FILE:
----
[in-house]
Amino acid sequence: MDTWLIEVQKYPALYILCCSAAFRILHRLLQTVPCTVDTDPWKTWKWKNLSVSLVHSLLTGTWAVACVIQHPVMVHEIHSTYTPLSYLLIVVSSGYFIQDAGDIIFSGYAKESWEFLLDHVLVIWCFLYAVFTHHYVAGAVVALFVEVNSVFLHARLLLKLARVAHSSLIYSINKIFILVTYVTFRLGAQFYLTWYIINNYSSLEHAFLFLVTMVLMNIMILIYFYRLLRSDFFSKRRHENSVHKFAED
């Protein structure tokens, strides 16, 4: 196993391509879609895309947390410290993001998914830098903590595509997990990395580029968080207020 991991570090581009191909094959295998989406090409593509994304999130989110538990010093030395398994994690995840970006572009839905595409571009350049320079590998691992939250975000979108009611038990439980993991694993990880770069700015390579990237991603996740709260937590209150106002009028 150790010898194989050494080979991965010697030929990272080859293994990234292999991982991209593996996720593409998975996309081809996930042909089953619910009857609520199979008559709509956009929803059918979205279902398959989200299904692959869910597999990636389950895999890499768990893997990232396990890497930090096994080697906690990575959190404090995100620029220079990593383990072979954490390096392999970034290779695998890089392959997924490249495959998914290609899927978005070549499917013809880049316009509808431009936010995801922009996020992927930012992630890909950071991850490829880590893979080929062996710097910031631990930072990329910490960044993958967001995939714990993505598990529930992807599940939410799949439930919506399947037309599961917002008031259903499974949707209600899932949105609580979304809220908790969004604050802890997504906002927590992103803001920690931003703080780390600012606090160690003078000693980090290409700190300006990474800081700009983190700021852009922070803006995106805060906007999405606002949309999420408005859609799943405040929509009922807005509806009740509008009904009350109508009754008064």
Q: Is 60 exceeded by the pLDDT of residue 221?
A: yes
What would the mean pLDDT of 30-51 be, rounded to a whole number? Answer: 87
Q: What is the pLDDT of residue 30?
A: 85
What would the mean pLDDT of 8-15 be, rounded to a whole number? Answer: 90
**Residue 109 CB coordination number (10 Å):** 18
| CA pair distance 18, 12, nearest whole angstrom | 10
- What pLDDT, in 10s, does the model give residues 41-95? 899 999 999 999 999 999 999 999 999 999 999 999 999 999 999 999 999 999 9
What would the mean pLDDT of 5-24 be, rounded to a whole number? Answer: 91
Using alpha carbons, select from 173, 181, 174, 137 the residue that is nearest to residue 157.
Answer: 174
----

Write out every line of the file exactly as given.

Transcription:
[in-house]
Amino acid sequence: MDTWLIEVQKYPALYILCCSAAFRILHRLLQTVPCTVDTDPWKTWKWKNLSVSLVHSLLTGTWAVACVIQHPVMVHEIHSTYTPLSYLLIVVSSGYFIQDAGDIIFSGYAKESWEFLLDHVLVIWCFLYAVFTHHYVAGAVVALFVEVNSVFLHARLLLKLARVAHSSLIYSINKIFILVTYVTFRLGAQFYLTWYIINNYSSLEHAFLFLVTMVLMNIMILIYFYRLLRSDFFSKRRHENSVHKFAED
């Protein structure tokens, strides 16, 4: 196993391509879609895309947390410290993001998914830098903590595509997990990395580029968080207020 991991570090581009191909094959295998989406090409593509994304999130989110538990010093030395398994994690995840970006572009839905595409571009350049320079590998691992939250975000979108009611038990439980993991694993990880770069700015390579990237991603996740709260937590209150106002009028 150790010898194989050494080979991965010697030929990272080859293994990234292999991982991209593996996720593409998975996309081809996930042909089953619910009857609520199979008559709509956009929803059918979205279902398959989200299904692959869910597999990636389950895999890499768990893997990232396990890497930090096994080697906690990575959190404090995100620029220079990593383990072979954490390096392999970034290779695998890089392959997924490249495959998914290609899927978005070549499917013809880049316009509808431009936010995801922009996020992927930012992630890909950071991850490829880590893979080929062996710097910031631990930072990329910490960044993958967001995939714990993505598990529930992807599940939410799949439930919506399947037309599961917002008031259903499974949707209600899932949105609580979304809220908790969004604050802890997504906002927590992103803001920690931003703080780390600012606090160690003078000693980090290409700190300006990474800081700009983190700021852009922070803006995106805060906007999405606002949309999420408005859609799943405040929509009922807005509806009740509008009904009350109508009754008064």
Q: Is 60 exceeded by the pLDDT of residue 221?
A: yes
What would the mean pLDDT of 30-51 be, rounded to a whole number? Answer: 87
Q: What is the pLDDT of residue 30?
A: 85
What would the mean pLDDT of 8-15 be, rounded to a whole number? Answer: 90
**Residue 109 CB coordination number (10 Å):** 18
| CA pair distance 18, 12, nearest whole angstrom | 10
- What pLDDT, in 10s, does the model give residues 41-95? 899 999 999 999 999 999 999 999 999 999 999 999 999 999 999 999 999 999 9
What would the mean pLDDT of 5-24 be, rounded to a whole number? Answer: 91
Using alpha carbons, select from 173, 181, 174, 137 the residue that is nearest to residue 157.
Answer: 174